Sentia (former Ymor) has been working with Eneco for years now. Our services began with targeted performance monitoring, but that has since developed into performance management for Eneco’s entire IT landscape. At Eneco, IT and the business work closely together. How do they do that?
Eneco is one of the biggest and most eco-friendly energy suppliers in the Netherlands, and currently serves 2.1 million businesses and households. In addition to producing, procuring, supplying and trading in energy, Eneco also offers service and advice, particularly in the field of sustainability.
Within Eneco, Sentia supplies its services to the IT branch of ‘Eneco Consumenten’. This division consists of 150 FTE working in 19 scrum teams. Over the past year, Eneco has considerably accelerated the adoption of agile working. As well as being a great success, this brings new challenges with it. There are many more changes, and there is no operations department now; this means it is important to safeguard processes across all the teams and to make the transition to continuous integration. Resources are required to help the scrum teams accomplish this and keep it manageable.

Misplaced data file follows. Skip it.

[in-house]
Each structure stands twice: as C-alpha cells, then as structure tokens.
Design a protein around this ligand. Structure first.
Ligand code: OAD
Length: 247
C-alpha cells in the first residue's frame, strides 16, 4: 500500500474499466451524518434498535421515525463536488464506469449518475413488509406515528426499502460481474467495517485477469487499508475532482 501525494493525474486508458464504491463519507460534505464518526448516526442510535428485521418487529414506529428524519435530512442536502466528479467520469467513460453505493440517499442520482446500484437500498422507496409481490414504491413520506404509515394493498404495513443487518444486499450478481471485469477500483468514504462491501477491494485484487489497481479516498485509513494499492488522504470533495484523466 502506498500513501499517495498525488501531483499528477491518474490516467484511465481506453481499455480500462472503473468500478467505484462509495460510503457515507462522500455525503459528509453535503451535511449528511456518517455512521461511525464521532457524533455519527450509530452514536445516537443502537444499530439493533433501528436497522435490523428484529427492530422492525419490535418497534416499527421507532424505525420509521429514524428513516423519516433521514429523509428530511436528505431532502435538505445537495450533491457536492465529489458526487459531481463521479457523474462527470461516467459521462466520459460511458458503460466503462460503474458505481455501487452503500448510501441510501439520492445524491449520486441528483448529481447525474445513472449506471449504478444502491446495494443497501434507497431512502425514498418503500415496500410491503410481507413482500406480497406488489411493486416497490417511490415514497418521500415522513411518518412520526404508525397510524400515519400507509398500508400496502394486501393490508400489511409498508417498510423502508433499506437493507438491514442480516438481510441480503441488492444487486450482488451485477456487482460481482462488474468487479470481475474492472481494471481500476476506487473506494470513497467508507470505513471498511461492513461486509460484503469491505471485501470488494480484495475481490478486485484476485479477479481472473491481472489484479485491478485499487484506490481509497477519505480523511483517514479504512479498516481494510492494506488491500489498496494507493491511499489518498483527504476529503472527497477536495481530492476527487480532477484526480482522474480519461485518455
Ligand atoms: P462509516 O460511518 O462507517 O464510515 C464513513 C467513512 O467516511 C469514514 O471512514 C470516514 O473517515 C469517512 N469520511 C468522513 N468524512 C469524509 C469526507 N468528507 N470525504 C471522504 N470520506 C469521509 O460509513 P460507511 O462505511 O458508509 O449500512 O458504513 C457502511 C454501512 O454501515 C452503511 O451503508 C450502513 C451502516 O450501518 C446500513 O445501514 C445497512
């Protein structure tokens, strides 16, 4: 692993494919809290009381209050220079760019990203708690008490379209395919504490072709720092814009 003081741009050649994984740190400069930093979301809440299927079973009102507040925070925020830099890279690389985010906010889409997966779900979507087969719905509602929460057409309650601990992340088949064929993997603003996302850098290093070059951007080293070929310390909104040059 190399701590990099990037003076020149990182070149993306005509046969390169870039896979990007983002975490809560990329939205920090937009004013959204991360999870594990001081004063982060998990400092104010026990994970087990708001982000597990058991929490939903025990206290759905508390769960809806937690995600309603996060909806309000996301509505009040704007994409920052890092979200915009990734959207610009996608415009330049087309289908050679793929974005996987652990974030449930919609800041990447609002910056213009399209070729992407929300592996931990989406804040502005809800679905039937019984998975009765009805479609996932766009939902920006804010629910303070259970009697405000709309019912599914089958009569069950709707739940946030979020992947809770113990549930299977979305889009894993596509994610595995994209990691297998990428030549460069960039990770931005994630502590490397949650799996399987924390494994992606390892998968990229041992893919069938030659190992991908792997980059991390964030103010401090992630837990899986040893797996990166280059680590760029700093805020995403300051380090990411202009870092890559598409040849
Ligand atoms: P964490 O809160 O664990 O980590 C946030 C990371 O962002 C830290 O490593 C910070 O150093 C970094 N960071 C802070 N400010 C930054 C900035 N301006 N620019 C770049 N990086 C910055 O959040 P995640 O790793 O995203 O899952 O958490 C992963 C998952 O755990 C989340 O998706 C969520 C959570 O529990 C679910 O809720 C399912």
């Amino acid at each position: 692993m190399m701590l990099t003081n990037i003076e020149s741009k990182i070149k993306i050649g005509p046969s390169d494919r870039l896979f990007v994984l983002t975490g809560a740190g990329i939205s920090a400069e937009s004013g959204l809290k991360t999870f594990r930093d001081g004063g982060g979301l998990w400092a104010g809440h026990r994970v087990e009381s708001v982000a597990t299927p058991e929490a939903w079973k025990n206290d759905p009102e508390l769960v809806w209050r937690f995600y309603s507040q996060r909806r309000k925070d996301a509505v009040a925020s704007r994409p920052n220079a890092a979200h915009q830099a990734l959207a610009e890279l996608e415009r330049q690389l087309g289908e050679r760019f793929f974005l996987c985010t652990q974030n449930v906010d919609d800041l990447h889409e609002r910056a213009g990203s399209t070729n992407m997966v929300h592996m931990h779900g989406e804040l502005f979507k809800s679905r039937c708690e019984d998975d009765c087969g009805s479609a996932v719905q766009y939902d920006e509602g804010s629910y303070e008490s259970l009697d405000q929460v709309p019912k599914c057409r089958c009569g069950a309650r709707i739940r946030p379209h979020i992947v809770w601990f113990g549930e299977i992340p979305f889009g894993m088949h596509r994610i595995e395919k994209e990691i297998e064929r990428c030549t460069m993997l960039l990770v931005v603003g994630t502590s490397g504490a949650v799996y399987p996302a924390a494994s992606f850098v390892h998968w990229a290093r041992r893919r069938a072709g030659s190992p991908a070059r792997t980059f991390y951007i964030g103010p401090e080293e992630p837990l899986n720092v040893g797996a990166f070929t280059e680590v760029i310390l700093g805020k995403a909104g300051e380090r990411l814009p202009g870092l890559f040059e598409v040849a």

Keeping an eye on the entire landscape
To keep a grip on the performance of its IT, Eneco set up monitoring of all critical components in the consumer domain. This currently involves about 12 applications, consisting of 33 chains. Among other things, the components relate to the infrastructure, Dynamics CRM, the integration layer (Tibco) and also the back-end and front-end systems. This provides insights into the entire consumer chain.
Interpretation of performance figures
The more monitoring that is put in place, the more difficult it becomes to interpret the performance figures. Without context, it becomes impossible to determine what the figures mean: what does it tell us, that a transaction lasts 4 seconds? It is precisely the interpretation and context of these figures that creates added value for both the business and IT.
For example: if the front-end applications are working well and as expected, more self-service actions can take place, which means fewer questions by telephone to the call centre. And if the systems at the call centre perform faster and better, the staff can deal with more questions. Which raises the